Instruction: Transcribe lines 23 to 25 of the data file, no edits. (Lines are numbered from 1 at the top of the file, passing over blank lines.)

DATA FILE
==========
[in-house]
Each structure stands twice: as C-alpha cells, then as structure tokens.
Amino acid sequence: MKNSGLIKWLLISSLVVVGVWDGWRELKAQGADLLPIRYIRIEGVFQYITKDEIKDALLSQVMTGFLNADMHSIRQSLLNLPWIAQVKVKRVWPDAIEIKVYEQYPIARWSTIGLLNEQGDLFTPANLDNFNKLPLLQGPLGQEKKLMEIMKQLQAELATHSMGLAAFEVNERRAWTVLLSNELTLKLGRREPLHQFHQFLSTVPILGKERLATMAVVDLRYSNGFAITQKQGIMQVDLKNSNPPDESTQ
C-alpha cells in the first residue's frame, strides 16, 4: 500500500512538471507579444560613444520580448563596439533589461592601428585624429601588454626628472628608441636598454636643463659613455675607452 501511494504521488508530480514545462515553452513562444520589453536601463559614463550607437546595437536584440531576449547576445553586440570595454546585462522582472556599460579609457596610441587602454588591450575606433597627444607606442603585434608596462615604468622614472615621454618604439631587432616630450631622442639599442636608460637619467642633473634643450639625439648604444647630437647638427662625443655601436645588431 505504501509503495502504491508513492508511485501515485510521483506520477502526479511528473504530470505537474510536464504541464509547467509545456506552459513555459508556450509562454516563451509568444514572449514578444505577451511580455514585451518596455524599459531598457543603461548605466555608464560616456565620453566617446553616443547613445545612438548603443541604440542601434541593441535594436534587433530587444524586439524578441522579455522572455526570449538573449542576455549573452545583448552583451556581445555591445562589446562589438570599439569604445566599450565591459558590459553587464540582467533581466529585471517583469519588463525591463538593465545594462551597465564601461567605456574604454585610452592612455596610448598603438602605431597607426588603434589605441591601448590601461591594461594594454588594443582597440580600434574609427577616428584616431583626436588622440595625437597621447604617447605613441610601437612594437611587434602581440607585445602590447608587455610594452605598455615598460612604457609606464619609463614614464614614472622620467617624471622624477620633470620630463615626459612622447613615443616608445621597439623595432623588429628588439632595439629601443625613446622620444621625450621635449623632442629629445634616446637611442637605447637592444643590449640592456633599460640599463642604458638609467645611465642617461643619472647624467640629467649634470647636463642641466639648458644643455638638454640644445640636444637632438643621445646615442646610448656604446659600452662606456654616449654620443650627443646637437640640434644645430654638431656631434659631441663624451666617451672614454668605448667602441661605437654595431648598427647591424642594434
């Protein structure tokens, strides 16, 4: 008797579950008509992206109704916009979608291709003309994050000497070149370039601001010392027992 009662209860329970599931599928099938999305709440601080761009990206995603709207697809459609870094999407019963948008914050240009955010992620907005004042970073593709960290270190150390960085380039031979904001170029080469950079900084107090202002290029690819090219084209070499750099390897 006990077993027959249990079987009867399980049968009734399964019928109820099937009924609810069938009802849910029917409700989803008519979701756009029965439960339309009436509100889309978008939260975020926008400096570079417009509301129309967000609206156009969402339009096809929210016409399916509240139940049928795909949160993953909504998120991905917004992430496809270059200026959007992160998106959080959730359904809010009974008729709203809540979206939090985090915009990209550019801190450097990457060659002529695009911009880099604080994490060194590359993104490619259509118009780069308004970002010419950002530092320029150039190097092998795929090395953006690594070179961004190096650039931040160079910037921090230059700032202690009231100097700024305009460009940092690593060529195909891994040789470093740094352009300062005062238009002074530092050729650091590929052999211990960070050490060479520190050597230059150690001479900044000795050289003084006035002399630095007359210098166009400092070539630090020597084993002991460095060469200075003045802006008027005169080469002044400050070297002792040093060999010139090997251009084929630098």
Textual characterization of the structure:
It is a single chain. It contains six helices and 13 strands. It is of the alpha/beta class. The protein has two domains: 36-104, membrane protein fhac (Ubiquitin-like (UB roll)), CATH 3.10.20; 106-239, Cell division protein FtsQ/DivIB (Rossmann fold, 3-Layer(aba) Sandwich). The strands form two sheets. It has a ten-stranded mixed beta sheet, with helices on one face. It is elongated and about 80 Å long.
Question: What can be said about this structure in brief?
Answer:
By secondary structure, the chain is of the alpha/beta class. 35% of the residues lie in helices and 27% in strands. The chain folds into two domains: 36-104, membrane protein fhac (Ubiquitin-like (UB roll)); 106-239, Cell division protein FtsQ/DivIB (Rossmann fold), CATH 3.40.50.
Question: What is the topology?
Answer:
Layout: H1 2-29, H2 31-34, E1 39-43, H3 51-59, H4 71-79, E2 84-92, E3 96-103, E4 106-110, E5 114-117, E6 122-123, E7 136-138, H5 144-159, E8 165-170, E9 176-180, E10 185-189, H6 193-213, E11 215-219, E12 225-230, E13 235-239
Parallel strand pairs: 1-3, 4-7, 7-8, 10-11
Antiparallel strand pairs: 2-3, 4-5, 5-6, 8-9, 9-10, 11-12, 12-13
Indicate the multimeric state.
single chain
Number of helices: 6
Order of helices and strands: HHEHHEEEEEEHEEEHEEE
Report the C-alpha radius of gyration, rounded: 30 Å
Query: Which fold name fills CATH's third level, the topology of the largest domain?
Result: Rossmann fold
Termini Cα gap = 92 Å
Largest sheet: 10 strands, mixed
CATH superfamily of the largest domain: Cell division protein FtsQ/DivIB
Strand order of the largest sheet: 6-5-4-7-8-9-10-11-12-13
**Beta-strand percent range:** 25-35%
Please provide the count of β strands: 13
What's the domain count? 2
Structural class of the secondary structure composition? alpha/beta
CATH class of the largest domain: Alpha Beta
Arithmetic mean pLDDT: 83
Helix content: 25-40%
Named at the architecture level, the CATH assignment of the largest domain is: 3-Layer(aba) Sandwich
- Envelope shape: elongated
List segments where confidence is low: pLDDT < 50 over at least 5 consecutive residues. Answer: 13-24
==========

Termini Cα gap = 92 Å
Largest sheet: 10 strands, mixed
CATH superfamily of the largest domain: Cell division protein FtsQ/DivIB